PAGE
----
Children’s author Patrick Ness and Annie Mauger, chief executive of the Chartered Institute of Library and Information Professionals (CILIP) have called for a "properly resourced and professionally staffed" library in every school in an open letter to MP Michael Gove.
The letter was sent to the secretary of state for education with the shortlists for this year’s CILIP Carnegie and Greenaway medals, which include nominations for authors including Meg Rosoff, Marcus Sedgwick, Oliver Jeffers and Ness himself. The move comes after Gove expressed concern over literacy standards in the UK, calling for children to read 50 books a year.
The letter reads: "While we applaud initiatives that encourage children to read more books, we’re concerned that cuts to public library services, cuts to Schools Library Services, and downgrading of some school libraries will result in fewer opportunities for children and young people to engage with outstanding books."
"Every child, school and teaching team should have access to a properly resourced and professionally staffed school library. But sadly, this is not always the case. Some schools are downgrading their library service, often by running the library by administrative staff rather than a librarian. Some schools have closed their library or restricted opening hours. Thirty-one local authorities in England no longer provide a Schools Library Service, which especially impacts on primary schools who are unable to employ a librarian. "
The letter concludes: "We hope that you will be a vocal and passionate champion for school and public library services. We need good libraries to tackle illiteracy and make sure that all children have the opportunity to read and engage with outstanding books."
Fourteen titles have been nominated across the two lists. Ferelith Hordon, children’s librarian for Wandsworth Library Service and chair of this year’s CILIP Carnegie judging panel, said: "These writers are brave, and some might say controversial in their choices of subject matter for young people—the Spanish Inquisition; gruesome investigations into the afterlife; and the violence at the heart of Robert Mugabe’s Zimbabwe to name but three . . . But the quality of their writing ensures that the big questions are always treated in a way that is both thoughtful and completely absorbing."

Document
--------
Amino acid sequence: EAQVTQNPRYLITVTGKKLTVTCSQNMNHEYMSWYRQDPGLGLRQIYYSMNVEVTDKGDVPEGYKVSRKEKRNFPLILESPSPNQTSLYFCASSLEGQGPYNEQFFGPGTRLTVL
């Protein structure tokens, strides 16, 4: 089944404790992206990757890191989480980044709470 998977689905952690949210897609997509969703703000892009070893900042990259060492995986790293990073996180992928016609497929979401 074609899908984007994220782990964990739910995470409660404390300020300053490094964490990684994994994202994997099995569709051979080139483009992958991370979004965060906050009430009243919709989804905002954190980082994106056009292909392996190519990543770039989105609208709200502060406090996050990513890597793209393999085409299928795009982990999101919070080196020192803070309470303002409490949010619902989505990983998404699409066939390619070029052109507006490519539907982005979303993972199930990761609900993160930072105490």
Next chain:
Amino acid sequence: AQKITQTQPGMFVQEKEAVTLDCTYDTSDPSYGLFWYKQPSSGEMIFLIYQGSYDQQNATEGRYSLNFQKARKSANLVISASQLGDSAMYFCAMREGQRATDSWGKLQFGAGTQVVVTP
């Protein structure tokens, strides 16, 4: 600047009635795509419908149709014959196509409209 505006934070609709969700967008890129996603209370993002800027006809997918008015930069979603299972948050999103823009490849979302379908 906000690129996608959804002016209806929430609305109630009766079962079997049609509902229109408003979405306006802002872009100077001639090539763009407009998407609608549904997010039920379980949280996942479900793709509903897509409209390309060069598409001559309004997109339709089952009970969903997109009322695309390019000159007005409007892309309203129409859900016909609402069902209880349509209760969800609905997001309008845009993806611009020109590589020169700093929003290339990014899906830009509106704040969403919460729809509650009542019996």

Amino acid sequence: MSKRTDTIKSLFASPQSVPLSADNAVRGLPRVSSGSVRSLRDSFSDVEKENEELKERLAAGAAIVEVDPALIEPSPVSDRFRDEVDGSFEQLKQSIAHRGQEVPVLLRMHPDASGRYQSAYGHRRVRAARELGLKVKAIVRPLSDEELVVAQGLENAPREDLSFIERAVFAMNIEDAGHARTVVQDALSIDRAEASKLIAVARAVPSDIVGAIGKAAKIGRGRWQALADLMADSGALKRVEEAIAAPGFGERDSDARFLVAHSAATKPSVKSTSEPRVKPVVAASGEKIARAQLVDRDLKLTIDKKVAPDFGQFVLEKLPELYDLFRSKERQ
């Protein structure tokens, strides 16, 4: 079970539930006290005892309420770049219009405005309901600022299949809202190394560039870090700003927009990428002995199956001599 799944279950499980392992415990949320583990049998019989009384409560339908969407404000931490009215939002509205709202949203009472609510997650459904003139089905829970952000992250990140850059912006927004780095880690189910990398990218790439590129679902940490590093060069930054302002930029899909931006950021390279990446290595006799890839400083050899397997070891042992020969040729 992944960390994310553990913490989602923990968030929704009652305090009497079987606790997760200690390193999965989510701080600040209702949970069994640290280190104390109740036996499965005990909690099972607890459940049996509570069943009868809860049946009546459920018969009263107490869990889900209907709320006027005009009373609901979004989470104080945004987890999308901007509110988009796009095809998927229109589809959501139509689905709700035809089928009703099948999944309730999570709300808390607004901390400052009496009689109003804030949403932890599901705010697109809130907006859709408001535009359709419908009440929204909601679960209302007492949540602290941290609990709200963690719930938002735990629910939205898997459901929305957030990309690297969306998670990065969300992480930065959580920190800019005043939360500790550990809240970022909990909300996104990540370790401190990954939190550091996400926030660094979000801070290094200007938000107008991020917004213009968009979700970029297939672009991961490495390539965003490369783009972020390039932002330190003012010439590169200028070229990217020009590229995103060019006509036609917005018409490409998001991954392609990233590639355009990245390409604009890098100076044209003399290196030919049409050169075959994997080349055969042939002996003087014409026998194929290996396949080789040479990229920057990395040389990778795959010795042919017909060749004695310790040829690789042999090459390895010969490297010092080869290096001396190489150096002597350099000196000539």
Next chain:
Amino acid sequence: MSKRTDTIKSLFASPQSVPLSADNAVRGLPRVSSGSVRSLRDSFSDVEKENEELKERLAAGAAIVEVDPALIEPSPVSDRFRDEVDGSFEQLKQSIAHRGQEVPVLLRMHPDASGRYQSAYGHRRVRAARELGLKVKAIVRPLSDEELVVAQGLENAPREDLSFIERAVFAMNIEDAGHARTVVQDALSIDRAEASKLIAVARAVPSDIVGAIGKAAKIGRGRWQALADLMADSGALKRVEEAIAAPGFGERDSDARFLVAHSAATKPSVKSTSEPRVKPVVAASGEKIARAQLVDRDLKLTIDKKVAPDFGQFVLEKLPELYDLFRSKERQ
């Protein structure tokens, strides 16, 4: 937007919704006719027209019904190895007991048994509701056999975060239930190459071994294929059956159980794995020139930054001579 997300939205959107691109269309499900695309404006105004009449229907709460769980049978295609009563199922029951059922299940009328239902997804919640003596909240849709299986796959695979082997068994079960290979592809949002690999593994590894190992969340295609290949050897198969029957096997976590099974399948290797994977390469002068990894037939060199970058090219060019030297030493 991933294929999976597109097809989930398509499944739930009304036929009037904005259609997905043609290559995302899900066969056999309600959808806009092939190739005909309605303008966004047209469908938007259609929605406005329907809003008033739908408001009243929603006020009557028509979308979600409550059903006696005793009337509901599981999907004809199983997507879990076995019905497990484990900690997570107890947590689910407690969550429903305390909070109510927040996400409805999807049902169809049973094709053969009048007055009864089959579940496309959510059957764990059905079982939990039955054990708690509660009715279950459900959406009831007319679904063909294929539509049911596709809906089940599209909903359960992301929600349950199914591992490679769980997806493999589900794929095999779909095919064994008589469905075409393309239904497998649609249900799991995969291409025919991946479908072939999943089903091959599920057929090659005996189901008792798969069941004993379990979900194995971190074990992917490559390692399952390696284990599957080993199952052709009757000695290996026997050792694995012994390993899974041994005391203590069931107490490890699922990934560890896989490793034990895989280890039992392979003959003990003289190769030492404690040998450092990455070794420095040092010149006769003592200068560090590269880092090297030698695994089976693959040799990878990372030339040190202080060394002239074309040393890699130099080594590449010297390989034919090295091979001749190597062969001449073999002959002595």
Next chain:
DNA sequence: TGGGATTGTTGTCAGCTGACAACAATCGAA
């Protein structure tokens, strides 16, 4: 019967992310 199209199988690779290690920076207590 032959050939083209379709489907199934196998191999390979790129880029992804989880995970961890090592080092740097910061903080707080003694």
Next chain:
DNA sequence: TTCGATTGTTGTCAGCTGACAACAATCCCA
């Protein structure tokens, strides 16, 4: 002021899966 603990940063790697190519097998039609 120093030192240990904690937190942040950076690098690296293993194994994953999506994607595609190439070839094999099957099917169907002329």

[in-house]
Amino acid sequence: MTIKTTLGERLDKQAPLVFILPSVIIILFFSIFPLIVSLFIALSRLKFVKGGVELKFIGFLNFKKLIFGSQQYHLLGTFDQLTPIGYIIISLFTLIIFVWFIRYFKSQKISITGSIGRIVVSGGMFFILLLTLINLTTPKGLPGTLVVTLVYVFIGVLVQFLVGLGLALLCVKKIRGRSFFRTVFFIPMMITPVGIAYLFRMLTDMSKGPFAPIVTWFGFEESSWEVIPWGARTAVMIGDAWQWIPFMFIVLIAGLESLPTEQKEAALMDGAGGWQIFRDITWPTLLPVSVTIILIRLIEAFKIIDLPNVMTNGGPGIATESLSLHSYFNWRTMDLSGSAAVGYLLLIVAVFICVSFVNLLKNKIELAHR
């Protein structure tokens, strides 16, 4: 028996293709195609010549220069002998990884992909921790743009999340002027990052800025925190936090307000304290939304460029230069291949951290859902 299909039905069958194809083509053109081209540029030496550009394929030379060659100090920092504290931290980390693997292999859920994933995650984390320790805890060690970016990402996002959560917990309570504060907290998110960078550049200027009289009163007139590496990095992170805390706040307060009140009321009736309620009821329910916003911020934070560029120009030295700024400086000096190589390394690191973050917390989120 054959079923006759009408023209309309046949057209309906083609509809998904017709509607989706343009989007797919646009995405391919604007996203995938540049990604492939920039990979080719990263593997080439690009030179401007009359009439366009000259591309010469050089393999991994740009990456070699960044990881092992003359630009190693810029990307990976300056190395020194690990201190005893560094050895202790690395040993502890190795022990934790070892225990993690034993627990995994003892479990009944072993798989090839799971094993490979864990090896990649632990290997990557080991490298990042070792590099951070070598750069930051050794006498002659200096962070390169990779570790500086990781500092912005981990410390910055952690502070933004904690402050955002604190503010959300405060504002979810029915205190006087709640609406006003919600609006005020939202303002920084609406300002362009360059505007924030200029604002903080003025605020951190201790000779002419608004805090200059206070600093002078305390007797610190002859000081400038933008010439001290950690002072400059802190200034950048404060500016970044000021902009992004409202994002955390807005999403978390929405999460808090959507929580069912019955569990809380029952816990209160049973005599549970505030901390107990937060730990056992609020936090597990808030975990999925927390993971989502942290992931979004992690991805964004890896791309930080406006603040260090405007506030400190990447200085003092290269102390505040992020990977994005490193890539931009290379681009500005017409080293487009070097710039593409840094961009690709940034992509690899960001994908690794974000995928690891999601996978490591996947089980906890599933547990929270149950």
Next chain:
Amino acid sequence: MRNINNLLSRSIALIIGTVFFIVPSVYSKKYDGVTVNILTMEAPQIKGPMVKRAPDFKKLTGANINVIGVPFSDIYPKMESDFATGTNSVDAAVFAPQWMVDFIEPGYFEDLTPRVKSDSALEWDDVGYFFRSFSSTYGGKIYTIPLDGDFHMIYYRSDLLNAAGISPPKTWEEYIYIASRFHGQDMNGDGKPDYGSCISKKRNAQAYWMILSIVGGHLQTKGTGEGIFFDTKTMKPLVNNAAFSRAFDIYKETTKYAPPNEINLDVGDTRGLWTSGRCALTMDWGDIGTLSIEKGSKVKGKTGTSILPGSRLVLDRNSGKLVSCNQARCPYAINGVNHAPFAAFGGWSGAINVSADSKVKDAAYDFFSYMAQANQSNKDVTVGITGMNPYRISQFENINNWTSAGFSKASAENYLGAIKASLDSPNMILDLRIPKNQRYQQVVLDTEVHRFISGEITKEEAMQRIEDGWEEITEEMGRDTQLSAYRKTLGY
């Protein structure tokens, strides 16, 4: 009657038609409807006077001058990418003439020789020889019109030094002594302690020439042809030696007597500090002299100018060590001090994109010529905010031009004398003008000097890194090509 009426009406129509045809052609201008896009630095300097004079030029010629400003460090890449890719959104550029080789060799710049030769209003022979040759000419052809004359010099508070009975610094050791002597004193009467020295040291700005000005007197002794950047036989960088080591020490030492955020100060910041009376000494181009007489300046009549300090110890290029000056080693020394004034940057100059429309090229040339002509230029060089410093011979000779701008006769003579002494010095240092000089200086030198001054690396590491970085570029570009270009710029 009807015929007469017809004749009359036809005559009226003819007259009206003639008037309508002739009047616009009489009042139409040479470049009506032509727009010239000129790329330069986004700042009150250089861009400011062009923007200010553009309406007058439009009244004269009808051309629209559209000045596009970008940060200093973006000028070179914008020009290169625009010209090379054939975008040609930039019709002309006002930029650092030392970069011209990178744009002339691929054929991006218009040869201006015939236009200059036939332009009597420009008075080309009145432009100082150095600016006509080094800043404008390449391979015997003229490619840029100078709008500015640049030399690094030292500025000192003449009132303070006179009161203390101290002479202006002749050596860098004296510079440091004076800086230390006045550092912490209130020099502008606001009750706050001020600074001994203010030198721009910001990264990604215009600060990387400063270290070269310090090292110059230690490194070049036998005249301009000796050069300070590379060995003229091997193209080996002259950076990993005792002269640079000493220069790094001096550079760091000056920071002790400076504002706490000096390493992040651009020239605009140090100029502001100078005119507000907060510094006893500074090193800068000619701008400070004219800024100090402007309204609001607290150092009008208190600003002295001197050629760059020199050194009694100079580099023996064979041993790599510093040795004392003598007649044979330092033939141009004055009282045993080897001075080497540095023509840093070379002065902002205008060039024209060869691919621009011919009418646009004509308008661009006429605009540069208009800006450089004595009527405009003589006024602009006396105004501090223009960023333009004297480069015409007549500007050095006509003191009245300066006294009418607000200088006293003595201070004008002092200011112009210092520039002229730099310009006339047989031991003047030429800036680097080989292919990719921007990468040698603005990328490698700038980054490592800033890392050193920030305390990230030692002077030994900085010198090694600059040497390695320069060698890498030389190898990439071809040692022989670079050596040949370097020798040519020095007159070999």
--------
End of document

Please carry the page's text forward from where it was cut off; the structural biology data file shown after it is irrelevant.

Thousands of children will now begin to shadow the award through their schools, although it is not clear how many schools will take part in the shadowing scheme. Scholastic is supplying the book packs for the first time this year. The winners will be announced on 23rd June.
CILIP Carnegie Medal Shortlist
Prisoner of the Inquisition by Theresa Breslin (Doubleday)
The Death Defying Pepper Roux by Geraldine McCaughrean (OUP)
Monsters of Men by Patrick Ness (Walker)
The Bride's Farewell by Meg Rosoff (Puffin)
White Crow by Marcus Sedgwick (Orion)
Out of Shadows by Jason Wallace (Andersen)
CILIP Kate Greenaway Medal Shortlist
Farther by Grahame Baker-Smith (Templar)
Me and You by Anthony Browne (Doubleday)
April Underhill, Tooth Fairy by Bob Graham (Walker)
Jim by Mini Grey, text by Hilaire Belloc (Cape)
The Heart and the Bottle by Oliver Jeffers (HarperCollins)
Big Bear Little Brother by Kristin Oftedal, text by Carl Norac (Macmillan)
Ernest by Catherine Rayner (Macmillan)
Cloud Tea Monkeys by Juan Wijngaard, text by Mal Peet & Elspeth Graham (Walker)
- Coelho and Thomas nominated alongside Ness and Rundell in more inclusive Carnegie longlist
- Cuts in public and school libraries for East Renfrewshire
- Pullman and Gaiman back school library campaign
- Ness and Riddell vie for third Carnegie/Greenaway medals
- Walker dominates Carnegie and Greenaway shortlists